What has been the biggest influence on architecture in the 20th century? The answer depends on your perspective.
Some architects, or architectural aficionados, might say "computer-aided design," "new materials," "the invention of the curtain wall" or an "awakened sense of history."
Personally, I would argue for "context"--people have at last become sensitive to the importance of relating projects to the environment in which they are built.
But most homeowners would likely have a different answer. After some reflection about the buildings where they live, they might answer "machines."
Architecturally, today's houses are not that different from houses built 100 years ago, except that they may not be as well constructed. Two-by-fours really aren't two inches by four inches. Siding and shutters are likely to be vinyl, not wood. Slate or wood roofing shingles were long ago replaced by asphalt shingles, copper flashing by aluminum flashing, plaster by drywall, metal pipe by plastic pipe and true divided-light windows by windows with snap-in mullions.
Glazing, sealants, insulation and paints have been greatly improved over the past 100 years, but these have had relatively little impact on domestic architecture.
Typically, houses at the close of the 20th century, constructed with 20th century materials to accommodate 20th century living patterns, look vaguely like houses built in the 18th or 19th centuries. Family rooms, kitchens, bathrooms, master bedrooms and closets have grown as living and dining rooms have shrunk. Yet the most dramatic change is not the basic architecture of homes. It is the machines that fill them.
The inventory of modern domestic machines is impressive: garage door openers; garbage disposers, dishwashers, refrigerators and ice makers; microwave ovens, washers and dryers; heating and air-conditioning systems; electronic filters and humidifiers; intelligent thermostats, burglar alarms, programmable lighting and built-in communication; and entertainment infrastructure.
Of course, the 20th century machine that arguably has had the biggest impact on residential architecture is the automobile. Two- and three-car garages now make up a substantial piece of many houses, and garage doors are commonly the most dominant openings in facades facing subdivision streets.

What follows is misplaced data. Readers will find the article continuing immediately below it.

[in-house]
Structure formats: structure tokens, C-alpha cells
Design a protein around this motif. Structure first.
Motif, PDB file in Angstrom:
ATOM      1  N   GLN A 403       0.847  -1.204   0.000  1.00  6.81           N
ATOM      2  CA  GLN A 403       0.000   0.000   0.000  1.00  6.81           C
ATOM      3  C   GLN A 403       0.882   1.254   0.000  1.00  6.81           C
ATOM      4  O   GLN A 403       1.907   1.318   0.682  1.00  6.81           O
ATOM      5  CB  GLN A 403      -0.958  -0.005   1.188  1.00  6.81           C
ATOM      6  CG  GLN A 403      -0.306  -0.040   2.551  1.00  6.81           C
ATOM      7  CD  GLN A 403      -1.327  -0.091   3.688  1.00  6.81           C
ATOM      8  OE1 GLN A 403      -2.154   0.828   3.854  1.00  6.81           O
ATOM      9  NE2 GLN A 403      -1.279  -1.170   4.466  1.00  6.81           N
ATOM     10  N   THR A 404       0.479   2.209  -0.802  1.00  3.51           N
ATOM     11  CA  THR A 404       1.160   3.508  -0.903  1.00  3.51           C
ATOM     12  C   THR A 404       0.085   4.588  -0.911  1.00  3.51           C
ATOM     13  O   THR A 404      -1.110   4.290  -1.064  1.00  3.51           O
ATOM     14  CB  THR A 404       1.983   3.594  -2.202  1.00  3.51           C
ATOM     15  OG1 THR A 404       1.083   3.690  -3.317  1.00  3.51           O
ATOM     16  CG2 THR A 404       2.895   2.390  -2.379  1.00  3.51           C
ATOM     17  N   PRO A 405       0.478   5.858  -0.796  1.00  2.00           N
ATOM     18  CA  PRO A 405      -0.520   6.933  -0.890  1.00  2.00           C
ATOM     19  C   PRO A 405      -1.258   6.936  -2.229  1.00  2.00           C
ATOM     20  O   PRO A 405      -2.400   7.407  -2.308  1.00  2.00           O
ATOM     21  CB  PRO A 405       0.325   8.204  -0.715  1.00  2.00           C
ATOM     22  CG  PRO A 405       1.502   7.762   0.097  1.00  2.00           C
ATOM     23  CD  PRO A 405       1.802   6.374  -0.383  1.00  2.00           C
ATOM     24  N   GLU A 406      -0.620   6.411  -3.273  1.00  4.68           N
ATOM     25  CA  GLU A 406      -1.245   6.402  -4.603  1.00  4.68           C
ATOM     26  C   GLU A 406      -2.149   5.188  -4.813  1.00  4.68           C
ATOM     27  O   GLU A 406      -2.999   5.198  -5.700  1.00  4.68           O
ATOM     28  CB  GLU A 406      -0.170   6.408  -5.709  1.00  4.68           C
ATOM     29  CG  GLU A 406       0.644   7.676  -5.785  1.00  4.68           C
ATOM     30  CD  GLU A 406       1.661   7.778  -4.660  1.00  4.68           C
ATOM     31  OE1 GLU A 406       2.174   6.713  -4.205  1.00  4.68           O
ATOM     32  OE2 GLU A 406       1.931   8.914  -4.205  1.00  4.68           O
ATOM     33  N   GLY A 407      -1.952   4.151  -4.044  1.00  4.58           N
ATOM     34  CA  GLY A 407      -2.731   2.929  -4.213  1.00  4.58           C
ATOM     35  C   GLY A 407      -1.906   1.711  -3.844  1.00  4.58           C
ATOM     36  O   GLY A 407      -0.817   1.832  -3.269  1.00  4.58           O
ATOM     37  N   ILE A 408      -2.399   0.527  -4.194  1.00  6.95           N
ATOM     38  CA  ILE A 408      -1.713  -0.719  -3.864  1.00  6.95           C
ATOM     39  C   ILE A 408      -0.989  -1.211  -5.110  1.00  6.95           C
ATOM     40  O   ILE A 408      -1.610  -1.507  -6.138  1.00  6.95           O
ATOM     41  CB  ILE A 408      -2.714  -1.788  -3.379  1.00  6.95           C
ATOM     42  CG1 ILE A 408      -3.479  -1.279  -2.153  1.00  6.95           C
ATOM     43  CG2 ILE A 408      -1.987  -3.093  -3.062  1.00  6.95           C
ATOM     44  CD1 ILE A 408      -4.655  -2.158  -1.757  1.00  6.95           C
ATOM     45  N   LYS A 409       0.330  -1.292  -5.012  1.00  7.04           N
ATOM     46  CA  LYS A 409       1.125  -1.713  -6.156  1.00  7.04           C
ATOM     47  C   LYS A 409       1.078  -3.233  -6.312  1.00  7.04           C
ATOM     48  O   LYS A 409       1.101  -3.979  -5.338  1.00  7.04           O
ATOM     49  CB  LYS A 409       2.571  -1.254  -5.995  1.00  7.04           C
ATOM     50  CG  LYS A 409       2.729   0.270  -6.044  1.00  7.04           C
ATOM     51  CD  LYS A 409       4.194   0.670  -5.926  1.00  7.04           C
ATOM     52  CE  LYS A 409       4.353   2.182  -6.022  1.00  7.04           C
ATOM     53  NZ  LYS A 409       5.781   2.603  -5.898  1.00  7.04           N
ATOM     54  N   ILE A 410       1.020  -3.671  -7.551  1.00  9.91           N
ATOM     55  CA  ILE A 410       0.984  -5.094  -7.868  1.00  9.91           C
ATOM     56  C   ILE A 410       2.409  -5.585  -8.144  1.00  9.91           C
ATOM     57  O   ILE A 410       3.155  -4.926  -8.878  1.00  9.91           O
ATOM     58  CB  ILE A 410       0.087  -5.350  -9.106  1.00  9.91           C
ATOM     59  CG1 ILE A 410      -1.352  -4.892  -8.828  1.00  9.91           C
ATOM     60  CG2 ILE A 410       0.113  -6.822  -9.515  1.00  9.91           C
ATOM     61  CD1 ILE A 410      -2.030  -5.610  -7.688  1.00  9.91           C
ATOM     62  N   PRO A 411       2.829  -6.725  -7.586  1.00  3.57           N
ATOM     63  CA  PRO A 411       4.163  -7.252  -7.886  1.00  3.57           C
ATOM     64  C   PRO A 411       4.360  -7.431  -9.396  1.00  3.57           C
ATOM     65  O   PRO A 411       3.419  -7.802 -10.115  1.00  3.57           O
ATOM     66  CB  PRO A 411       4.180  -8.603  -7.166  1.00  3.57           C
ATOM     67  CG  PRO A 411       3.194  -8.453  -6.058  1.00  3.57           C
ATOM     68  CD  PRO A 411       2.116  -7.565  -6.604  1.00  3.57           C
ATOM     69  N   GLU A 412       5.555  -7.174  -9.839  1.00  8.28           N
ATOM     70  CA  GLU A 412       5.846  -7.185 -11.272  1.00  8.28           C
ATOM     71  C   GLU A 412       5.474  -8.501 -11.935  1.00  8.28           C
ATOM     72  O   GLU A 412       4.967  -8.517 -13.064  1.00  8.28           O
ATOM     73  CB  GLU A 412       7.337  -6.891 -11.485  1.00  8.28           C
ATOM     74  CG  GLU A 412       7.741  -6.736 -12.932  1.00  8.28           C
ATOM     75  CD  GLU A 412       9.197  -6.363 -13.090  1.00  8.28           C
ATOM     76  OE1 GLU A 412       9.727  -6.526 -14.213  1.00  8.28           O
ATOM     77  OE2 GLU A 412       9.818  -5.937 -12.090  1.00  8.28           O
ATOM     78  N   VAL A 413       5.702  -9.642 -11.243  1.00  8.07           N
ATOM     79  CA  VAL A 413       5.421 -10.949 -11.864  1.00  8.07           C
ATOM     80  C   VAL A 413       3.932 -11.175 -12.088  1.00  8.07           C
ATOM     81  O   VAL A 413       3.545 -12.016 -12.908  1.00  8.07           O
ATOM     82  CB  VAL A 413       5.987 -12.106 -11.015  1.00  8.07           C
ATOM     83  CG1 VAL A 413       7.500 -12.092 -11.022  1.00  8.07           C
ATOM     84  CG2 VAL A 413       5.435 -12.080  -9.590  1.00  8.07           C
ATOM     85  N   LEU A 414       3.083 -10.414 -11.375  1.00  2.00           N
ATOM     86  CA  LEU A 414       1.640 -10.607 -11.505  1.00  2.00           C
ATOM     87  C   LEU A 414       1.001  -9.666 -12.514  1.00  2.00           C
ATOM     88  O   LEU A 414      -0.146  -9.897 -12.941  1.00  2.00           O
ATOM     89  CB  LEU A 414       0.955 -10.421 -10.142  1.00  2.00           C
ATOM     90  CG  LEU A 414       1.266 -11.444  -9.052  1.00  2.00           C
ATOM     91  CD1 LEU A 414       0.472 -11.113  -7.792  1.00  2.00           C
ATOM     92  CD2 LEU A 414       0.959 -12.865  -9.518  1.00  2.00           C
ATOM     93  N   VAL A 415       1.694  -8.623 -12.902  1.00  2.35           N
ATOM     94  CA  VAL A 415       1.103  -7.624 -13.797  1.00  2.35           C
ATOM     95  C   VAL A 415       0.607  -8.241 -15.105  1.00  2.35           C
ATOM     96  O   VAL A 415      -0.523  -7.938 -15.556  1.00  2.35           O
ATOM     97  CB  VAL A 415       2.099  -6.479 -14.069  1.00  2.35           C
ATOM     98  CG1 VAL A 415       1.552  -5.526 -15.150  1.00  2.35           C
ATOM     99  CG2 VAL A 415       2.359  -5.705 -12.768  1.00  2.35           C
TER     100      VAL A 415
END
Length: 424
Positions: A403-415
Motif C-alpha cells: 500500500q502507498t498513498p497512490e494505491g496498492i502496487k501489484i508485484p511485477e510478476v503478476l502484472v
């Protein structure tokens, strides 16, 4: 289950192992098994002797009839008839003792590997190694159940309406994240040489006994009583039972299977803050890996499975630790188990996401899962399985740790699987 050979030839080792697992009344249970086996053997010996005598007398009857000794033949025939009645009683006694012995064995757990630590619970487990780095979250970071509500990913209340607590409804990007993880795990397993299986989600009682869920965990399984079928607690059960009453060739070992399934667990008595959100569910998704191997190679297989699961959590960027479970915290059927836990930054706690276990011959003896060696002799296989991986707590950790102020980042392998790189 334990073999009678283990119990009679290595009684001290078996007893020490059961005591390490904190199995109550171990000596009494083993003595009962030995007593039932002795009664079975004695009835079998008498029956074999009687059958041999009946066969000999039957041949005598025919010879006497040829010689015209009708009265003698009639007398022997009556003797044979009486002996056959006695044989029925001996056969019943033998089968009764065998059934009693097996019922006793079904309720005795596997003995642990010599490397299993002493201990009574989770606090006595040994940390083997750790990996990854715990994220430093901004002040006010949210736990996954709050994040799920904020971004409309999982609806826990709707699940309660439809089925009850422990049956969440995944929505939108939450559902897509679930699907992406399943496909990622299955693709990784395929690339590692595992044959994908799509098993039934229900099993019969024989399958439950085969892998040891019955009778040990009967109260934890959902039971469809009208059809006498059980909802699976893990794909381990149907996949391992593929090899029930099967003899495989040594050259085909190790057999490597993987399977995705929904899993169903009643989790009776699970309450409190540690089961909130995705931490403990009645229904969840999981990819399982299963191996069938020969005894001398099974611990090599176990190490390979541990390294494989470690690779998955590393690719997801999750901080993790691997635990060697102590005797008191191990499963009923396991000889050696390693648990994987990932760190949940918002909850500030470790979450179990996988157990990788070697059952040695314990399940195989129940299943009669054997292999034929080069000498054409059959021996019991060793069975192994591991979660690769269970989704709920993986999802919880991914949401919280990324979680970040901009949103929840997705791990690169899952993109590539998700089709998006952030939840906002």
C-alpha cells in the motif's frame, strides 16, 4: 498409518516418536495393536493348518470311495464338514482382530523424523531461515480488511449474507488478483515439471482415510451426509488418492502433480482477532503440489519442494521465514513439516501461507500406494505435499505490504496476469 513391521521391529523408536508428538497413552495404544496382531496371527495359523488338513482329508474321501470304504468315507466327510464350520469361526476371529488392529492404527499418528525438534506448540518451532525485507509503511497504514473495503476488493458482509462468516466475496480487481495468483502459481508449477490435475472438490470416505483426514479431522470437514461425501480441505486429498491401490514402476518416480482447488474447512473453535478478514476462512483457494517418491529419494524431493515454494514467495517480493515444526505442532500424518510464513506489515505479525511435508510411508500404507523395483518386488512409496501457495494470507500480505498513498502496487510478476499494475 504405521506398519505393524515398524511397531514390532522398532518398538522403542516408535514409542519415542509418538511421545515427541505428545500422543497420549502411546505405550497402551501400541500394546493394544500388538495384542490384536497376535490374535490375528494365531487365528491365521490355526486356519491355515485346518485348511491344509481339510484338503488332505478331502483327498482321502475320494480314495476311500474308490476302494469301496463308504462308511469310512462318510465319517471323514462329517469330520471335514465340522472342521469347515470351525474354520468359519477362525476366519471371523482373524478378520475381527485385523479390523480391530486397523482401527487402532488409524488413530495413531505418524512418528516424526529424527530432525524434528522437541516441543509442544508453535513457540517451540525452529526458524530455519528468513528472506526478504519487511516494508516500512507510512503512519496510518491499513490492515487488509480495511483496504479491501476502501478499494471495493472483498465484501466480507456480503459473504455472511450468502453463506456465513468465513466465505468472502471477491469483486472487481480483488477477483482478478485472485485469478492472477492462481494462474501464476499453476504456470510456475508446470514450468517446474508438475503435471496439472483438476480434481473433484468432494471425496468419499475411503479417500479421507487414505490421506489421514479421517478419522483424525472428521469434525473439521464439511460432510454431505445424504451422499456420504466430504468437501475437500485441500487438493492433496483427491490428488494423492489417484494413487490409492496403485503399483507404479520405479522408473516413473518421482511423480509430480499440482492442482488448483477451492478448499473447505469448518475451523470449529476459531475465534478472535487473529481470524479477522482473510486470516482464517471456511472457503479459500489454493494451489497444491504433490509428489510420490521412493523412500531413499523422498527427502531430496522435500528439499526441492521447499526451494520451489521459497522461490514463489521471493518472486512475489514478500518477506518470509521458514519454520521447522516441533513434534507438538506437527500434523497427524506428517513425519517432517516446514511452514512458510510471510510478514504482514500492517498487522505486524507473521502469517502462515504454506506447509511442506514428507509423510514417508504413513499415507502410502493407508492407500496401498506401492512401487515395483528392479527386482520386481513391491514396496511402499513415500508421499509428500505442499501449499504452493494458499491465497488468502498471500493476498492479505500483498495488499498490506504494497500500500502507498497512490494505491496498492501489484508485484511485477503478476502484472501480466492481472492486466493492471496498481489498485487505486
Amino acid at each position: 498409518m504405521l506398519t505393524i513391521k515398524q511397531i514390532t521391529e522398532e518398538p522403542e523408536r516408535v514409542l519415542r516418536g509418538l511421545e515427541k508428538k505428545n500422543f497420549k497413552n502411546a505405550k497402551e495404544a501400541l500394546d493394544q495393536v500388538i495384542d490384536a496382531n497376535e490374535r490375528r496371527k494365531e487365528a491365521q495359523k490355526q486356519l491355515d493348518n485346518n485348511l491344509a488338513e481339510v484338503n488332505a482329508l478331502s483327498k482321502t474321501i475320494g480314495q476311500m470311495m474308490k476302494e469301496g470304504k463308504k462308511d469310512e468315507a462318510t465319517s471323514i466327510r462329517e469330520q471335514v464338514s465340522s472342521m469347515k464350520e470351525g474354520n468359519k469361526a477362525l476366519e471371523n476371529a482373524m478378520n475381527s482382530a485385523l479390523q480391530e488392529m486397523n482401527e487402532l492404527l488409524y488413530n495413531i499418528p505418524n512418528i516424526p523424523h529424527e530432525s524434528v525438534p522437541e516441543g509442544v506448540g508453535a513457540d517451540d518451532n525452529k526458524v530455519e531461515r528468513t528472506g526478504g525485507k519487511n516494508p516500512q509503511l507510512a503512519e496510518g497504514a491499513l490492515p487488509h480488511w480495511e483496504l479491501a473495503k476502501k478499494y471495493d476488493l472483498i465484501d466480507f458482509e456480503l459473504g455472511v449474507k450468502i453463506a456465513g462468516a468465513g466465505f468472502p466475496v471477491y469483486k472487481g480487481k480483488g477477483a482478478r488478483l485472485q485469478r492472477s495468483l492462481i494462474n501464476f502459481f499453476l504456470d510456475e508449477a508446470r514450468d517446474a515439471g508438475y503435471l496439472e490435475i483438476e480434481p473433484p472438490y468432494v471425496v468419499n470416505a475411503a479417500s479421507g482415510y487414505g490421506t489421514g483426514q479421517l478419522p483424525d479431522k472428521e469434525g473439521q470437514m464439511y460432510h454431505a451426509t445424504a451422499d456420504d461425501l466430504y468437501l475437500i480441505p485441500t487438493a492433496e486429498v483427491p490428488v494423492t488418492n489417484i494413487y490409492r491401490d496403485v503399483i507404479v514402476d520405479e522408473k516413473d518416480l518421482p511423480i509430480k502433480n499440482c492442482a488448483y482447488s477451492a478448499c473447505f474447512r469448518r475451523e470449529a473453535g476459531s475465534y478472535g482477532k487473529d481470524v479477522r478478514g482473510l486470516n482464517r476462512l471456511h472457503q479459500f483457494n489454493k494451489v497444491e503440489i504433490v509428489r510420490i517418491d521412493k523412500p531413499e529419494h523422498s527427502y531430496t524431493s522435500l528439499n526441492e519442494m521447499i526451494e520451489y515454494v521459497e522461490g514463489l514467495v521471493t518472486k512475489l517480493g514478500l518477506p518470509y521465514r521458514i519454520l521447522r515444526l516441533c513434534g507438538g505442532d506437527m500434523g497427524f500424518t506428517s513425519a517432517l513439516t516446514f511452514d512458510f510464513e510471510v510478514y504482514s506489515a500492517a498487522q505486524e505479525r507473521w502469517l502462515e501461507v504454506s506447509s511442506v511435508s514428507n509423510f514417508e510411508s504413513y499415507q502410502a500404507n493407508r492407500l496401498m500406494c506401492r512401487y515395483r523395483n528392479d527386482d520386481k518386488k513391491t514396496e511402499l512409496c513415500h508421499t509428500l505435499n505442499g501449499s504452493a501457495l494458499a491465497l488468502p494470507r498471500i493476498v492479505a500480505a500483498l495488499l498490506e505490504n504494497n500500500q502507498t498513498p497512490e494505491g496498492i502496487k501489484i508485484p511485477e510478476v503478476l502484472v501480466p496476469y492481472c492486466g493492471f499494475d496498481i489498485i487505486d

The century's most aesthetically influential and emblematic machine, the automobile has changed not only how we design homes, but how we design cities, suburban communities, commercial centers and every other kind of development. When consumers leave home for almost any destination, they are much more likely to be concerned about parking than about context or architectural form.
Will context and cars be the dominant design forces during the next century?
Some futurists believe that information technology and the Internet, not cars and context, will be the most powerful determinants shaping inhabited environments in coming decades. A few predict that cyberspace, not physical space, will consume most of humanity's design thinking during the next millennium. With everyone hyperlinked day and night, no matter where they are, who needs transportation or a room in which to sit and talk? Three-dimensional environments will be of little import, if not obsolete.
Don't hold your breath. Notwithstanding the relentless ebb and flow of stylistic trends, fundamentally little will change in the world of architecture, especially residential architecture. For a long time to come, most Americans are likely to continue caring about context while driving cars to and from homes with garages in which to park them.
Roger Lewis is a practicing architect and a professor of architecture at the University of Maryland.